Interestingly, Mark says that the disciples had authority over unclean spirits, but he tells us nothing of the content of the disciples’ preaching. Instead of a script, Mark describes their mode of travel. They needed sandals and a walking stick to be ready for a long journey, but they were to take no material or financial provisions. They were going out as vulnerable as our God who offers a love that can never be imposed.

The only task Jesus defined for the disciples was to drive out unclean spirits. Like them, our baptism commissions us to help others know and enjoy the presence of God — in spite of and in the midst of tragic situations and relentless attitudes that obscure our vision of what God wants for our world.

If this mission sounds impossible, Amos and Jesus would say that’s OK. It’s not ours to make it happen, we can only announce the possibilities in deed and word. And that’s enough to expel unclean spirits.

Reading I

(Amos 7: 12-15)

Amaziah, priest of Bethel, said to Amos,
“Off with you, visionary, flee to the land of Judah! 
There earn your bread by prophesying,
but never again prophesy in Bethel;
for it is the king’s sanctuary and a royal temple.” 
Amos answered Amaziah, “I was no prophet,
nor have I belonged to a company of prophets;
I was a shepherd and a dresser of sycamores. 
The LORD took me from following the flock, and said to me,
Go, prophesy to my people Israel.”

Responsorial Psalm

(Psalm 85: 9-14)

R. Lord, let us see your kindness, and grant us your salvation.

I will hear what God proclaims;
the LORD —for he proclaims peace.
Near indeed is his salvation to those who fear him,
glory dwelling in our land.
R. Lord, let us see your kindness, and grant us your salvation.

Kindness and truth shall meet;
justice and peace shall kiss.
Truth shall spring out of the earth,
and justice shall look down from heaven.
R. Lord, let us see your kindness, and grant us your salvation.

The LORD himself will give his benefits;
our land shall yield its increase.
Justice shall walk before him,
and prepare the way of his steps.
R. Lord, let us see your kindness, and grant us your salvation.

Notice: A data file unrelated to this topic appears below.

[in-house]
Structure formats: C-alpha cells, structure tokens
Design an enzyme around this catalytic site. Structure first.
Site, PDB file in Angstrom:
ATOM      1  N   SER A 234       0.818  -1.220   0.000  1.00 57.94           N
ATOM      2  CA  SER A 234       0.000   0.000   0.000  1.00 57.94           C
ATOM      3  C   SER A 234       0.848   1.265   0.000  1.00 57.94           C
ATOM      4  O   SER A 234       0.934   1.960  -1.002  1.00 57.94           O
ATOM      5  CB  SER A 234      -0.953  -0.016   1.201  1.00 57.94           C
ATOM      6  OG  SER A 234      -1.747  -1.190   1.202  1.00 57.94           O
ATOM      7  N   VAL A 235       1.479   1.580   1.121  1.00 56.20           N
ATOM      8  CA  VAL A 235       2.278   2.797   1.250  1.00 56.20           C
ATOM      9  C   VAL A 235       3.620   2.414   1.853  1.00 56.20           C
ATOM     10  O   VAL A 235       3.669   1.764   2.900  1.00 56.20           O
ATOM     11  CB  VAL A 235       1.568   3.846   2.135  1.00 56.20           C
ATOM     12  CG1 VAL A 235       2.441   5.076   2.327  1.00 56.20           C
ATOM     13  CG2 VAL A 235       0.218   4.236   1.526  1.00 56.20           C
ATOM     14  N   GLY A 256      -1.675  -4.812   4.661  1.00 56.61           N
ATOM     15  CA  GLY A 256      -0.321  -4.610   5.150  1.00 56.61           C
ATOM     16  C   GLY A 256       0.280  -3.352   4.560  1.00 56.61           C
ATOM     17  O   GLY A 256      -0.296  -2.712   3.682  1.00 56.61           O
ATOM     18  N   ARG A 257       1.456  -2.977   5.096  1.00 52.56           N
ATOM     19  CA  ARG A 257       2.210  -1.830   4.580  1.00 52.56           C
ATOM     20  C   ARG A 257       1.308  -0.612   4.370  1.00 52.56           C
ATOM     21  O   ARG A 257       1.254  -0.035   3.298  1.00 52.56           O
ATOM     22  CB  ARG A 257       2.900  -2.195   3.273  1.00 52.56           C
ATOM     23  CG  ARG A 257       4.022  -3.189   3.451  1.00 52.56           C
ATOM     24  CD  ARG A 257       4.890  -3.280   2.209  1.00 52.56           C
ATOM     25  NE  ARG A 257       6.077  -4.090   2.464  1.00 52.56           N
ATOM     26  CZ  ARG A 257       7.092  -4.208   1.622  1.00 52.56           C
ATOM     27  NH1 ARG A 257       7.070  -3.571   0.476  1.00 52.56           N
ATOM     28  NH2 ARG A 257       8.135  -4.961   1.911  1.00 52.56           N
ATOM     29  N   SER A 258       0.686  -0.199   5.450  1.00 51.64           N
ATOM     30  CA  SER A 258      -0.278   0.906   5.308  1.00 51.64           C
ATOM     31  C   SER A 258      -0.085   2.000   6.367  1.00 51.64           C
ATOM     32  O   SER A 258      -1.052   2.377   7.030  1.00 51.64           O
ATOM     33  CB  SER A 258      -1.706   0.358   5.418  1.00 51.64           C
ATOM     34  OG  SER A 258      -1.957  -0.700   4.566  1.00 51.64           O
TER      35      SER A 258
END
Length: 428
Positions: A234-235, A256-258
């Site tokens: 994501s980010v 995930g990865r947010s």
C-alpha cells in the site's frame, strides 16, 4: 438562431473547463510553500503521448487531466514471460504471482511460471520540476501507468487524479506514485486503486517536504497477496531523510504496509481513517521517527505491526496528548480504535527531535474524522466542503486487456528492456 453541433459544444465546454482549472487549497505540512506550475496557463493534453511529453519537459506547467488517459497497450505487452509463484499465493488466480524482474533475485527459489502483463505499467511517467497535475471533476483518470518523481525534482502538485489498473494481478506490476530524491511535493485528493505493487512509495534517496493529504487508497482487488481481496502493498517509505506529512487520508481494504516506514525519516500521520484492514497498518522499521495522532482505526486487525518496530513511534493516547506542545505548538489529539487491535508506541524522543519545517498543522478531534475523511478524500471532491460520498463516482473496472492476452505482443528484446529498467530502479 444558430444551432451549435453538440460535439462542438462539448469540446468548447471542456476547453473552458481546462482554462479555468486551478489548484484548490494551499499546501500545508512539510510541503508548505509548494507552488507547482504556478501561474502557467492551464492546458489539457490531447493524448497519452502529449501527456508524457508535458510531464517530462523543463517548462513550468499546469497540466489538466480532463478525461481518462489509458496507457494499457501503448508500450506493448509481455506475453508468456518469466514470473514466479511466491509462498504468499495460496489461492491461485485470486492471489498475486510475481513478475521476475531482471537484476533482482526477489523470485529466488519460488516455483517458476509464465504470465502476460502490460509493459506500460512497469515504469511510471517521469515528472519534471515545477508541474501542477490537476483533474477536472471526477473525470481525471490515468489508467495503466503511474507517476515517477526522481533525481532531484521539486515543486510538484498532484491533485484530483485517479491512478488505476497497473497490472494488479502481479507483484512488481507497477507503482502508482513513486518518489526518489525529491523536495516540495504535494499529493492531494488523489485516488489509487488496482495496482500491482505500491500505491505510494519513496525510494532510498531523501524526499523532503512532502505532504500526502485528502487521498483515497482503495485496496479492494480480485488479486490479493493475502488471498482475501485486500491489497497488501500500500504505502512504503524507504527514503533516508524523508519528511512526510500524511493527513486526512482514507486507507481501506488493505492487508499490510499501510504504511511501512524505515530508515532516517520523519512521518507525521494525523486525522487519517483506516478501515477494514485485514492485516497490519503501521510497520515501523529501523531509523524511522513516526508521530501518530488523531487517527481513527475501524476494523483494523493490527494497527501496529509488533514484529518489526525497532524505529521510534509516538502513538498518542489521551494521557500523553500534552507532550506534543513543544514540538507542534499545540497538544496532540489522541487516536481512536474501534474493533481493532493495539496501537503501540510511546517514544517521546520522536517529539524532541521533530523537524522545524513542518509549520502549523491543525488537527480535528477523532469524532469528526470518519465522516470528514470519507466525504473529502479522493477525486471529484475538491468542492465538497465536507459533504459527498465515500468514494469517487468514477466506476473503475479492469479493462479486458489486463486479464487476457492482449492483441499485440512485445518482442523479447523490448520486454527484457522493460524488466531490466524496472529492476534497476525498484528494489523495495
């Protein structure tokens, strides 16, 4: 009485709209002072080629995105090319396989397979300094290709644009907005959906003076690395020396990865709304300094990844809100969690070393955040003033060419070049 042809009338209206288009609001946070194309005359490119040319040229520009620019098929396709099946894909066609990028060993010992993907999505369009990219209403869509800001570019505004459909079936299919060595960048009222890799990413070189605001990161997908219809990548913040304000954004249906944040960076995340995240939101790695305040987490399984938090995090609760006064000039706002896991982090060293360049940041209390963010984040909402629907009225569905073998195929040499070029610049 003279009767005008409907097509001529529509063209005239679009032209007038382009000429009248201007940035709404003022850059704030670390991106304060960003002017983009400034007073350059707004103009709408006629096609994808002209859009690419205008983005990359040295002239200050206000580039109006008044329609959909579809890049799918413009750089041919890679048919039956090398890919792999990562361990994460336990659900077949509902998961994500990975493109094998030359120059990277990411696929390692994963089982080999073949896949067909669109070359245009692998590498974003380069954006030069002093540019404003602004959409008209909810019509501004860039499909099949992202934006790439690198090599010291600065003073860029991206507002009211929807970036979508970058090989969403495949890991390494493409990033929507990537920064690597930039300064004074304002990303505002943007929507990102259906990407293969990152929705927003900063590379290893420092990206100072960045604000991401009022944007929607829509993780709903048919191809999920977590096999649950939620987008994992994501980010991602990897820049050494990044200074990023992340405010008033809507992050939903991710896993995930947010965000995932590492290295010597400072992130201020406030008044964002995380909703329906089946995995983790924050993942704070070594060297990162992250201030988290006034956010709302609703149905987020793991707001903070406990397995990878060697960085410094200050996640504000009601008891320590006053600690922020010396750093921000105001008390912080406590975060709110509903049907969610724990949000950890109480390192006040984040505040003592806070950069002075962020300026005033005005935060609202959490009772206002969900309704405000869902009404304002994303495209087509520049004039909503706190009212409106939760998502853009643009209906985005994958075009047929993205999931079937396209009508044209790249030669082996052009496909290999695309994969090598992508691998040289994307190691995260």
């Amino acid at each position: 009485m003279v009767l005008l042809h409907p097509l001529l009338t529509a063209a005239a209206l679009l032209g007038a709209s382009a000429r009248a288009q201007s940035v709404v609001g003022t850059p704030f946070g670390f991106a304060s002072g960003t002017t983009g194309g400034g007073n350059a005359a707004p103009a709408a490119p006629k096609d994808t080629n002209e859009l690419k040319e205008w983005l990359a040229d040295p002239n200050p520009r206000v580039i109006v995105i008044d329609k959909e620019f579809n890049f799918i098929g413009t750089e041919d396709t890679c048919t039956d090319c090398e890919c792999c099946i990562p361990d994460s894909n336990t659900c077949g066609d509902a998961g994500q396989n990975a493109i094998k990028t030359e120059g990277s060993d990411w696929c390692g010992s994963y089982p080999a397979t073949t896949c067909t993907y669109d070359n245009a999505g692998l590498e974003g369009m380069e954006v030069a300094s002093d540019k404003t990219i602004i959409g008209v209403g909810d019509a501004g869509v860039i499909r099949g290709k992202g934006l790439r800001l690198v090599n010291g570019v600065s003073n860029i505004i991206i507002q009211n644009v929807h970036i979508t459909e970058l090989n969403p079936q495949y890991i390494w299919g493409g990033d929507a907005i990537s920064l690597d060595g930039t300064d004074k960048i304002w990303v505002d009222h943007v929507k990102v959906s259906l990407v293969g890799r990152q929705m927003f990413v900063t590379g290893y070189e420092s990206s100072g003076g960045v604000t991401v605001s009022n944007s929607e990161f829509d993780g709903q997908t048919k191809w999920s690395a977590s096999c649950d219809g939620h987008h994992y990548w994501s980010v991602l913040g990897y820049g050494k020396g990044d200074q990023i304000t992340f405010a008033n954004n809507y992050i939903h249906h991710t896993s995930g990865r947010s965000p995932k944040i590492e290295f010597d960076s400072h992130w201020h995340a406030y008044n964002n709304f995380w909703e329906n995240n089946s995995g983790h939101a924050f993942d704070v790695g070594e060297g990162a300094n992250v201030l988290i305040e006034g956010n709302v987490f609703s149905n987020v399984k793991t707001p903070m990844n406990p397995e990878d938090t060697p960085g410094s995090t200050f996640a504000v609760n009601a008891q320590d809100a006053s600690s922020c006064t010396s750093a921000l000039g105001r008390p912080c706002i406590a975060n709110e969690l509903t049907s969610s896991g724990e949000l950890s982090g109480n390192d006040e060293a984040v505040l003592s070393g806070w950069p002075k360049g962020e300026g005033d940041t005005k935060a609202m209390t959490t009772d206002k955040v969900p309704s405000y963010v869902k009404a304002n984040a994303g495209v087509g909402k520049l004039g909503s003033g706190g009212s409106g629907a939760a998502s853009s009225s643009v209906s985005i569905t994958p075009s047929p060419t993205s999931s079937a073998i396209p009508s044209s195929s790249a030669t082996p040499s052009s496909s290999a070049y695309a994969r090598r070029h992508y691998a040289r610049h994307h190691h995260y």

Reading II

(Ephesians 1: 3-14 or 1: 3-10)

Blessed be the God and Father of our Lord Jesus Christ,
who has blessed us in Christ
with every spiritual blessing in the heavens,
as he chose us in him, before the foundation of the world,
to be holy and without blemish before him. 
In love he destined us for adoption to himself through Jesus Christ,
in accord with the favor of his will,
for the praise of the glory of his grace
that he granted us in the beloved.
In him we have redemption by his blood,
the forgiveness of transgressions,
in accord with the riches of his grace that he lavished upon us. 
In all wisdom and insight, he has made known to us
the mystery of his will in accord with his favor
that he set forth in him as a plan for the fullness of times,
to sum up all things in Christ, in heaven and on earth.

In him we were also chosen,
destined in accord with the purpose of the One
who accomplishes all things according to the intention of his will,
so that we might exist for the praise of his glory,
we who first hoped in Christ. 
In him you also, who have heard the word of truth,
the gospel of your salvation, and have believed in him,
were sealed with the promised holy Spirit,
which is the first installment of our inheritance
toward redemption as God’s possession, to the praise of his glory.


(Mark 6: 7-13)

Jesus summoned the Twelve and began to send them out two by two
and gave them authority over unclean spirits. 
He instructed them to take nothing for the journey
but a walking stick—
no food, no sack, no money in their belts. 
They were, however, to wear sandals
but not a second tunic. 
He said to them,
“Wherever you enter a house, stay there until you leave. 
Whatever place does not welcome you or listen to you,
leave there and shake the dust off your feet
in testimony against them.” 
So, they went off and preached repentance. 
The Twelve drove out many demons,
and they anointed with oil many who were sick and cured them.